motherhood,  nature,  writing

And then it was April

On Sunday, my daffodils bloomed.  I also emerged from under a sea of papers, readings and writing, as I turned in the very last requirements of my masters degree.  There was a certain hesitation and satisfaction in clicking submit.  When it was done, I wanted to feel something more intense than the relief that my deadlines were removed.  This is very likely the last formal schooling of my life, which seems significant somehow, but the emotions haven’t followed.

In the week since, I have wandered around my house, feeling a bit lost for things to do without the focus that school has given me over the last two years.  I have found a local writer’s group to keep the momentum going — the most valuable thing that academia gave me was a community of peers to throw my writing at.  Now that I have been kicked out of the doors of academia, I have no excuses left to hold me back from trying to turn my writing into something more serious.  On the contrary – I now have to justify all the money I spent taking an extra two years of writing and literature courses.  I’ve pulled out my portfolio and have been preparing a story or two for workshopping at the next meeting.  It’s time to get serious.20150427_075210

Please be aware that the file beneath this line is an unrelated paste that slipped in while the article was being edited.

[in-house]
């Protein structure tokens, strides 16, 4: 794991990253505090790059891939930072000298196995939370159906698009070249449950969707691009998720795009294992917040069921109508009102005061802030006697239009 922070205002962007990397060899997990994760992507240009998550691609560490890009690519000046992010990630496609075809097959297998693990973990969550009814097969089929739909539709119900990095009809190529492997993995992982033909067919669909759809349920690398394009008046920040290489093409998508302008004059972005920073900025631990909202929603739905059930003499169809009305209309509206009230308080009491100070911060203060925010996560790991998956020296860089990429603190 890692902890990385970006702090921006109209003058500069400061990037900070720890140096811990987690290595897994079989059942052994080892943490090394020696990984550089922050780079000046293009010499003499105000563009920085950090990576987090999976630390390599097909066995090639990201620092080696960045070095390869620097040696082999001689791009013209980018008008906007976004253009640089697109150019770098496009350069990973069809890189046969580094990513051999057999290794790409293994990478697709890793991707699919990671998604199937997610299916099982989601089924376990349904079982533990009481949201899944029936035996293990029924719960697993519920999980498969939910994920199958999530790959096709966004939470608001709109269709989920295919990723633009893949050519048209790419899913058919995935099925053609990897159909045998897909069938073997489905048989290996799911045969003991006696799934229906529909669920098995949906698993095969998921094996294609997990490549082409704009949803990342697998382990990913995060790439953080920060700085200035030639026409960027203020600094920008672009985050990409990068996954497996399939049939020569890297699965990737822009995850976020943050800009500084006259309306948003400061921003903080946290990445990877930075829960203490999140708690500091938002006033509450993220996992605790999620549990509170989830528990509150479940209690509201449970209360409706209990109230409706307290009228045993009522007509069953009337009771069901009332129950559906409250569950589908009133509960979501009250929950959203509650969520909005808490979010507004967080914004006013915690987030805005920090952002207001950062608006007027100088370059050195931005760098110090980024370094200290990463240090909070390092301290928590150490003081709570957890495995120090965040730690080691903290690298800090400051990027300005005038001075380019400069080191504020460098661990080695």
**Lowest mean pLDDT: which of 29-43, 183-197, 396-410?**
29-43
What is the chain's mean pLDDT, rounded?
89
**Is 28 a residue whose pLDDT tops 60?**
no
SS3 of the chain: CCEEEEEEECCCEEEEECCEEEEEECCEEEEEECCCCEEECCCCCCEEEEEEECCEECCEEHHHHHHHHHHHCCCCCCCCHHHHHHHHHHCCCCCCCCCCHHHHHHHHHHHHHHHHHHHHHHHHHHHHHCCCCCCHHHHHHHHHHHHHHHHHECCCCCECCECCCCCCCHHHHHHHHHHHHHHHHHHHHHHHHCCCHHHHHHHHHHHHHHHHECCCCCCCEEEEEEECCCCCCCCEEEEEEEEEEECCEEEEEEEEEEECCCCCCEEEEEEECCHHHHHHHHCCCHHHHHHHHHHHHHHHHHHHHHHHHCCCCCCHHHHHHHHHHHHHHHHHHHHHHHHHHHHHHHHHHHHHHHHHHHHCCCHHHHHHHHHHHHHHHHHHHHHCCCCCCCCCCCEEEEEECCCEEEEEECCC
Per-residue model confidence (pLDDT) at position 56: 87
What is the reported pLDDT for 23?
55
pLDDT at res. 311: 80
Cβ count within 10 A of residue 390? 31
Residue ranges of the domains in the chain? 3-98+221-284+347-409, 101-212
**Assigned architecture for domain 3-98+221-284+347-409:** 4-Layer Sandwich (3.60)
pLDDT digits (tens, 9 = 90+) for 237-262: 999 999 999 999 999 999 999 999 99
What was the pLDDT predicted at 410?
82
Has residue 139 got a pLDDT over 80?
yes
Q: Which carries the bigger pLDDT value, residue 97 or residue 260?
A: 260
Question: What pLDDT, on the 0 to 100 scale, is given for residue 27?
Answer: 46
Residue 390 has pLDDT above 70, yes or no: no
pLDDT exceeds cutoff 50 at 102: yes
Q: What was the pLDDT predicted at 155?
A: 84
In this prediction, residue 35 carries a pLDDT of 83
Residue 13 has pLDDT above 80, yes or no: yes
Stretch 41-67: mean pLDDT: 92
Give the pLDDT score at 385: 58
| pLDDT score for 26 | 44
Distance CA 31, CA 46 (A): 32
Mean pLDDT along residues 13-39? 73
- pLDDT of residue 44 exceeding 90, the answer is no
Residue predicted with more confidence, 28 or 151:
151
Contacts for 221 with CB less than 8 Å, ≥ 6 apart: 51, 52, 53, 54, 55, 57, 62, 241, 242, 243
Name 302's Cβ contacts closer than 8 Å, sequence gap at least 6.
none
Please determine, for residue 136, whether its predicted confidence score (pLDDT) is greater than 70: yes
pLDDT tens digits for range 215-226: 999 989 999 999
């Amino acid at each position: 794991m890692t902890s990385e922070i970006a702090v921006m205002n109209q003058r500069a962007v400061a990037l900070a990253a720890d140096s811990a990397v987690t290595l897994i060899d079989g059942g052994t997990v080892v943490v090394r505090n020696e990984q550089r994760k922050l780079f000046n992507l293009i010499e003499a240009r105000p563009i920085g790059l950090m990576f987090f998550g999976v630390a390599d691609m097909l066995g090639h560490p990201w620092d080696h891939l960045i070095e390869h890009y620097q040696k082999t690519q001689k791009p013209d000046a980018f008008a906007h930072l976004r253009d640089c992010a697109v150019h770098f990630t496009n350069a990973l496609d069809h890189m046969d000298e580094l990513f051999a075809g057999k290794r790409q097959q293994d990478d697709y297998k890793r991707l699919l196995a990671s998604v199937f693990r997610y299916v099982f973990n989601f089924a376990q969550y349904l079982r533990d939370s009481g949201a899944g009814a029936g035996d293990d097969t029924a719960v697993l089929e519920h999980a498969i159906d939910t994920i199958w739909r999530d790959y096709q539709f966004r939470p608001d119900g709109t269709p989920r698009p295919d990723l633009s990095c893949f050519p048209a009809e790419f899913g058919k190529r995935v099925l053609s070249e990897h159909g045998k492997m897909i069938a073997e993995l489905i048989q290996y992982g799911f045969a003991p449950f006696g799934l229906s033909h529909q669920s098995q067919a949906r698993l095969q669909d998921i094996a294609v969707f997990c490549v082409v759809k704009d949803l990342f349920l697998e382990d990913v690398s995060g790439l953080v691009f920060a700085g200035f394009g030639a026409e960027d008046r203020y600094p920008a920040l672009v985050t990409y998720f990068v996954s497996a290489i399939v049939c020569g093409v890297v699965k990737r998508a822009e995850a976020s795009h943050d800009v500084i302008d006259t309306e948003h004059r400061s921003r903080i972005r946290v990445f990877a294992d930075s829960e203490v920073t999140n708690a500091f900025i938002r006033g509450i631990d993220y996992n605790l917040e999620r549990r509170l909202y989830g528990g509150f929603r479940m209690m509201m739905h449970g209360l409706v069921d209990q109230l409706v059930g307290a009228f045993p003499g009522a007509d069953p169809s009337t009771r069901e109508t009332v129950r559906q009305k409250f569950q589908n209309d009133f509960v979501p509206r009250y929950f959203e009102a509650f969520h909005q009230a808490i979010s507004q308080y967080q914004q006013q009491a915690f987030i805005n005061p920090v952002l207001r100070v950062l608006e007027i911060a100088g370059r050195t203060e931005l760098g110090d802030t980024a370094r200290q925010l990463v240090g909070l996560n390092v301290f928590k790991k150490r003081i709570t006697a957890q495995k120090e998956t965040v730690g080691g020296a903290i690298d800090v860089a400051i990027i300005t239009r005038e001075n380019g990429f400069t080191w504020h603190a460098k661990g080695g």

With an eleven week old daughter, who grows bigger and talks and smiles more every day, I still feel like motherhood is a suit that I’ve put on rather than something intrinsic to who I am.  I love my early mornings with the kiddo, who smiles at me like I’m the best thing that has ever happened when I wake her up.  I kiss her neck and listen to her coos and wonder that she belongs to us.  It seems unreal, as though any day someone will take this responsibility away.  Each morning is still a surprise, even as my hands and hips pick up the routine of diapering and lifting and soothing.  When my arms are free, they feel empty.  It’s just a matter of time until she’s so deep in my consciousness that she’ll come out in every story.  I find myself wanting to write for her, to tell her the stories I dreamed about when I was a child.

Last weekend, I brought the kiddo out in the garden in her car seat, as I dug my hands into the dirt and planted.  This year, my gardening is building on the hard work of the previous few years.  I planted all bee-friendly plants, hoping that the lone carpenter bee that joined us would bring along his friends as my garden grows.  Pulling and tugging at the wisteria, I trained its long tendrils around the fence and away from the roses.  I put down lavender and bee balm, lady’s mantle, a hydrangea bush. I introduced the kiddo to the Asian pear trees and the roses and had her touch the soft leaves of the butterfly bush with her impossibly small fingers. At the end of the day, I washed the dirt off of my new gardening gloves with the satisfaction that I was looking for all along.

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